Turf wars at the Yale Bowl

There are 61 National Historic Landmarks in Connecticut: The New Haven Green, Phillip Johnson’s Glass House, the State Capitol building — and the Yale Bowl among them.

The Yale Bowl, built in 1914, has had ongoing restoration, expansion and reduction in the last generation. Now called “Class of 1954 Field” because of that class’s generosity in stabilizing the concrete retaining walls, tunnels and gates, the facility was designed by Charles A. Ferry without locker rooms. Additions in 1994 and 2006 added those, and other facilities, plus a new scoreboard and reduced seating by over 10,000 to a mere 60,000.

Many of those 60,000 “seats” are unimproved, and in some cases cordoned off degraded bleachers. Bathrooms are in outbuildings also in need of repair, but the luster and awe of the facility is undimmed by its frayed edges — it served as the model for the Rose Bowl and is the largest stadium in all of NCAA FCS football.

The Bowl had the simplest of construction paradigms: dig a very large crater and mound up the lip about it with the excavated earth to create raked seating. The results are dramatically simple and effective. The Bowl’s 930-foot length and 12.5-acre area makes this 101-year-old piece of history a unique manifestation of early 20th century American collegiate pride.

Although concerts have occurred there, the NFL Giants had a season on the field, and the Special Olympics World Games opened and closed there 20 years ago, the Yale Bowl is essentially a Yale football facility: with the exception of an occasional high school camp or other event the Bowl services five or six varsity games a year.

In the last 30 years, synthetic turf has had a huge marketing push to athletic facilities at every level: “Turf” is now the default setting for the vast majority of all college facilities and many high school fields. The bright blue of the University of New Haven’s DellaCamera Stadium screams “ARTIFICIAL” — but the essential ethic of “Turf” is simulating natural grass.

Reportedly, Yale has approved the installation of “Turf” at the Yale Bowl. Some are very worried about health concerns, but those issues have had a lot of study, with a 2010 Connecticut Department of Energy and Environmental Protection study concluded “outdoor and indoor artificial turf fields are not associated with elevated health risks from the inhalation of volatile or particle-bound chemicals.” Injury rates are roughly equivalent between grass and turf, as “Turf” means greater velocity, so more impact, and grass has more tripping potential. Having been personally involved with vetting “Turf,” the lack of pesticide and fertilizer use is positive, but in terms of its installation at the Yale Bowl, its definitively a 21st century insertion into a unique antique context.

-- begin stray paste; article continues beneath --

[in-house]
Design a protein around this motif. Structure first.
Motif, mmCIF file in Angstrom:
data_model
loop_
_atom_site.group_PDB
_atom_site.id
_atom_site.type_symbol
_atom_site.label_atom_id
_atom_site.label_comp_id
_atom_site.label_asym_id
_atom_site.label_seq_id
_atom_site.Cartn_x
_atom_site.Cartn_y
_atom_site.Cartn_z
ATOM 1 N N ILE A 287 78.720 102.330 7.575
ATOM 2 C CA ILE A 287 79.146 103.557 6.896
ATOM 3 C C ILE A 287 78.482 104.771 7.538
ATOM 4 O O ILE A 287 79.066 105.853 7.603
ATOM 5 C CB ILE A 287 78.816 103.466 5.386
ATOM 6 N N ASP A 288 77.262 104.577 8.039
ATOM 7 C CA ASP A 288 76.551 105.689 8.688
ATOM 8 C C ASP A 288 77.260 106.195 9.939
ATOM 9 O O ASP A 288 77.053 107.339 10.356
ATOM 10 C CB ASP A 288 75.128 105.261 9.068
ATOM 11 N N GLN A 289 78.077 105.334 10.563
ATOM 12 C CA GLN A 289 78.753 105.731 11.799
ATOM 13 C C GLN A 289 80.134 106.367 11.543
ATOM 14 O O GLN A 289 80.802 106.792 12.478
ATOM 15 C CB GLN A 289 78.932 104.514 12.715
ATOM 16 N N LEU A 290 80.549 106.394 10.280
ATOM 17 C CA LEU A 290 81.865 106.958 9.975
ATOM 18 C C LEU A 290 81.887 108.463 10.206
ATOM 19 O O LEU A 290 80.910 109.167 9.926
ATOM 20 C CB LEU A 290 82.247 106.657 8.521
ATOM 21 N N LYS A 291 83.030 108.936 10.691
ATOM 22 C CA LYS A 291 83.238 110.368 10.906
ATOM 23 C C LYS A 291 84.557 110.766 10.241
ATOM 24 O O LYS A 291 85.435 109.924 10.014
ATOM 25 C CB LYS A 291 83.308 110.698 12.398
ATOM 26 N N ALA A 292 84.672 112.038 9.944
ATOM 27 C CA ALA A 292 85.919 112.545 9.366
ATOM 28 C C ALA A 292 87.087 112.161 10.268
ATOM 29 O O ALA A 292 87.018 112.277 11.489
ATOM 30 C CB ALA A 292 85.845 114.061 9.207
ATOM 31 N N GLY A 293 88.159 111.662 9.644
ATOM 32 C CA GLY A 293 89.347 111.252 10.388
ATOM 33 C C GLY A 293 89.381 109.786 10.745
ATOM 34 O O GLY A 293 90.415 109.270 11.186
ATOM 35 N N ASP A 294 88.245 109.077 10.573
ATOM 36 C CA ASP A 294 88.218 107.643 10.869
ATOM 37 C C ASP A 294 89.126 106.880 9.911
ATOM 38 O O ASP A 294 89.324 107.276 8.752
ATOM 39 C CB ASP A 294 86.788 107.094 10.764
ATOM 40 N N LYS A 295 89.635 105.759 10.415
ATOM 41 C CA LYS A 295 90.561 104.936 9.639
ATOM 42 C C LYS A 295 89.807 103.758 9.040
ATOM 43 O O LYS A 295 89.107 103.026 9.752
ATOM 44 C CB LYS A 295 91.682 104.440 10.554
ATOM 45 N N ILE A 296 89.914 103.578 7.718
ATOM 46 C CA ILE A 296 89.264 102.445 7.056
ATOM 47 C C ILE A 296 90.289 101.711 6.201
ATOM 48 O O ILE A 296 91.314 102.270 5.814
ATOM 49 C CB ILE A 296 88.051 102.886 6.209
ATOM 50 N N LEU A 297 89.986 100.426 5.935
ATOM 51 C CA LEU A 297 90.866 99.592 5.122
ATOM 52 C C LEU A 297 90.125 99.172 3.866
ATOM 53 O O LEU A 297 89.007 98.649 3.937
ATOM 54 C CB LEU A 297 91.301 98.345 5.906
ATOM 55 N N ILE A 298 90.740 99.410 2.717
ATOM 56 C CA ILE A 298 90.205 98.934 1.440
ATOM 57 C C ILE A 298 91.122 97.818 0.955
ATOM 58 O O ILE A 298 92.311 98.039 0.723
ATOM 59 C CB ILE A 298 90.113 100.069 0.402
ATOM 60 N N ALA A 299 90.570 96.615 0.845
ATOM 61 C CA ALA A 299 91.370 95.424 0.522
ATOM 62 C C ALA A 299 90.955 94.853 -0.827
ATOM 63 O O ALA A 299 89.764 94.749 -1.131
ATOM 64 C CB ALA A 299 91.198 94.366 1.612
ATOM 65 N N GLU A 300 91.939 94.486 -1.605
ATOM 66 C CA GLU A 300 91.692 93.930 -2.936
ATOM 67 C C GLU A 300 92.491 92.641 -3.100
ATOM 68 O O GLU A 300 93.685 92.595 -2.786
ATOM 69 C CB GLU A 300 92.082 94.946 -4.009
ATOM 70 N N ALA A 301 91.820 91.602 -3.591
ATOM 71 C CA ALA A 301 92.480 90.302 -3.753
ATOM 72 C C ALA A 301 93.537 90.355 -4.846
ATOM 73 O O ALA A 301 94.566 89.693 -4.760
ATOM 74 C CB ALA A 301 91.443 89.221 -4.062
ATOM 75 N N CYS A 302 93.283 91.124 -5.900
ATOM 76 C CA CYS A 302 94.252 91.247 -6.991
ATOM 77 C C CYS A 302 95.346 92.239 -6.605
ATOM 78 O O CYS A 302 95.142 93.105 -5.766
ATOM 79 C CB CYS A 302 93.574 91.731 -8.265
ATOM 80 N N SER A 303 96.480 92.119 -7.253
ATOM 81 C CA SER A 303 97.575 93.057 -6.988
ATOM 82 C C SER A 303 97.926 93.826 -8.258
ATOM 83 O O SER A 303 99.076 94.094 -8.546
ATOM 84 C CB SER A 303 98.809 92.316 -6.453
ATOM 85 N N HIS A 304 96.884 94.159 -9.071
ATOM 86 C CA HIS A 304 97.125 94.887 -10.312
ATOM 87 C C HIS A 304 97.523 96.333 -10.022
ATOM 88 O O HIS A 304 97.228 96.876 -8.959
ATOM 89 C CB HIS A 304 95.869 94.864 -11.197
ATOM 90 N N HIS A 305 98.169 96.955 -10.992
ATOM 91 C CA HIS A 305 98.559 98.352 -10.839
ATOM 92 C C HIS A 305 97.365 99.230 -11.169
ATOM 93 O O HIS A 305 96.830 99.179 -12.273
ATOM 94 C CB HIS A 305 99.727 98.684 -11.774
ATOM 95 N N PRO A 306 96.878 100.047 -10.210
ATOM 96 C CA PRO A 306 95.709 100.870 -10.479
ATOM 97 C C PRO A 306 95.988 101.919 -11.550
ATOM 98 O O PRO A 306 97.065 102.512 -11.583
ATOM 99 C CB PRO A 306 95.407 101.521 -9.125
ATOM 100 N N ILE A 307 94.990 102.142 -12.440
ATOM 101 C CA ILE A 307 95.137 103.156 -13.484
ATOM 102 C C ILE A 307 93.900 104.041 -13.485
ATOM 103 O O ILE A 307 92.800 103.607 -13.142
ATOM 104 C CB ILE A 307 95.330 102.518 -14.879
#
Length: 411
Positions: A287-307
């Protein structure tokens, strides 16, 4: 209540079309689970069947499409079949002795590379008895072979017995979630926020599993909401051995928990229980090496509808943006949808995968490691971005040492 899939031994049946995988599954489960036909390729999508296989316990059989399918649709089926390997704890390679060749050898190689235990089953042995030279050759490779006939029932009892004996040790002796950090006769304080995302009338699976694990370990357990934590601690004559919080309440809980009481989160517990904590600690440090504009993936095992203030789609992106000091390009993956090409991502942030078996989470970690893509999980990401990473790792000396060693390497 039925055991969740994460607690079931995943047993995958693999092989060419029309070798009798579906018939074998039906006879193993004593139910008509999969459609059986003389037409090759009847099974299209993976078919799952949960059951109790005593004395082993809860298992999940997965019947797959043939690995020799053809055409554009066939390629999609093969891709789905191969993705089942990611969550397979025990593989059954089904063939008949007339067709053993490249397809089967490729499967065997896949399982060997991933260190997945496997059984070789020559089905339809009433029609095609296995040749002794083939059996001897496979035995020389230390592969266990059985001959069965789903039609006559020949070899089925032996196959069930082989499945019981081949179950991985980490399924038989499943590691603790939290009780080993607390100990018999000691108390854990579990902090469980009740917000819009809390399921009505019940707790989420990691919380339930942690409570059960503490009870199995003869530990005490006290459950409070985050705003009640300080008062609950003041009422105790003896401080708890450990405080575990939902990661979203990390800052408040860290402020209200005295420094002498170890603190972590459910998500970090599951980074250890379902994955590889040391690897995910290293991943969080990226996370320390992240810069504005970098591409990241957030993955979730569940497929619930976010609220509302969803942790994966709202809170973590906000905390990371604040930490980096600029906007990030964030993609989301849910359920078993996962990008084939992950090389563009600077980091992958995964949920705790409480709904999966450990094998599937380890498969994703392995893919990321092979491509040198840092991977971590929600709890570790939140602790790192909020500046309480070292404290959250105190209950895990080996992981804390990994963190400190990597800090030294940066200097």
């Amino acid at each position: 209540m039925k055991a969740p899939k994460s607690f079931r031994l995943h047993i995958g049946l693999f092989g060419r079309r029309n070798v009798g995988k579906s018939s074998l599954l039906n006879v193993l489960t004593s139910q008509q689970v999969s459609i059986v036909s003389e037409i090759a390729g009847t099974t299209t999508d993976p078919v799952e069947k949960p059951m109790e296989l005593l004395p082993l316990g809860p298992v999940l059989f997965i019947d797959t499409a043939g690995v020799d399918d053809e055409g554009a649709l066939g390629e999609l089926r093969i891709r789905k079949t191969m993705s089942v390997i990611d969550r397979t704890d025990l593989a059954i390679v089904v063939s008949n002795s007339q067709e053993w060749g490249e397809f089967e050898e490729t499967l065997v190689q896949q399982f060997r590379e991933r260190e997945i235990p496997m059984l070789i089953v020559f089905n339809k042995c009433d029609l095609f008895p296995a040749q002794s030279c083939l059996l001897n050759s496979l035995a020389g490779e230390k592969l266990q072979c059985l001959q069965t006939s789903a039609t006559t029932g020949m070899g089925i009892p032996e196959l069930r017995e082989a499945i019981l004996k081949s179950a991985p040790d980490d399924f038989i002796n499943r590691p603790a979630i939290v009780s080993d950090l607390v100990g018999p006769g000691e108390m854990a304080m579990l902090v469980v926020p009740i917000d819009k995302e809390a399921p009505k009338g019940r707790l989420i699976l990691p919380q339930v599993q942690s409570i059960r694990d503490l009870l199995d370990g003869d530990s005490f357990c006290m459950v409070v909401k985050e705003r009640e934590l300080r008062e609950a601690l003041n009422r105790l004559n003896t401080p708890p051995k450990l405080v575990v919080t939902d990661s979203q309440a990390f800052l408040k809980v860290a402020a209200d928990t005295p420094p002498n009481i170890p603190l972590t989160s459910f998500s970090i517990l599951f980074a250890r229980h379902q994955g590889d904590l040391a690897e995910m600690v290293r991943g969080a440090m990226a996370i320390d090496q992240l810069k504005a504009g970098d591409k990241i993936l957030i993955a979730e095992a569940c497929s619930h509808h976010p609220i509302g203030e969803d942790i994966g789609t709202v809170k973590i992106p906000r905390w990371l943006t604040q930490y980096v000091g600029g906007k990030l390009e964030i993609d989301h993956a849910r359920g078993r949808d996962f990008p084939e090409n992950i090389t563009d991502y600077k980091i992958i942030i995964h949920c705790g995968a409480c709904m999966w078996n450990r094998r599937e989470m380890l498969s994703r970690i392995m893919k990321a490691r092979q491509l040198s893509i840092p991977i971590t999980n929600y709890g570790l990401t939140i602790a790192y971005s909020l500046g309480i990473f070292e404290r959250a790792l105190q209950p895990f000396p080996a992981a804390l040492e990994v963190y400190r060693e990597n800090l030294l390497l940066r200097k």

Being a state-designated “Historic Architect” and simultaneously, a former player, coach and father of a player, I have two interweaving perspectives. Anecdotally most players love playing on natural grass for the feel and fun of it, most coaches and athletic administrators love playing on “Turf” for its consistency and durability.

Cost is not an issue — schools save little or no money over the expected service life of a decade by installing “Turf.” The real benefit is durability that leverages far greater usefulness. Instead of a game or two a week to keep a grass field playable, there can be 30 events (including concerts, plays and non-athletic events) a week with virtually no impact on the field. An egalitarian view is that “Turf” opens the Yale Bowl’s history, provenance and enjoyment to many more people than experience it now. With more people using it, perhaps the case for fully restoring the historic facility will have traction.

The buzz kill of the gently raked broad seating of an early 20th century stadium framing the perfectly perfect plastic of “Turf” carpeting will be jarring. My guess is that if installed, new “Turf” will be about as discordant as the press box addition that “floats” above the field, designed by Newman Associates after the original burned in 1986. Old and new are always in a dance; often one leads but sometimes one steps on the other’s toes, despite all choreography.

But the argument over the Yale Bowl “Turf” can be extrapolated: our buildings are not just the bricks and mortar (or in this case stabilized concrete) their impact extends into the landscape they create and repose upon. In all likelihood, in our generation the New Haven Green will be, in some way, “renovated.” While it’s dubious that “Turf” will be considered in its renovation, the impetus to “update” can be dangerous to the essential value our historic places have. Care must be taken, or we lose the history that manifests New England’s core meaning to our culture: living history in our midst.

My son played football at Franklin and Marshall College. The college wants to create a new football facility. But the project has had some alumni object to a proposed new field with “Turf” to replace its own early 20th century concrete and grass version, full of memories and traditions. Perhaps Yale alumni, football or otherwise, will be more effective than preservationists, environmentalists or health professionals at keeping the Bowl all natural.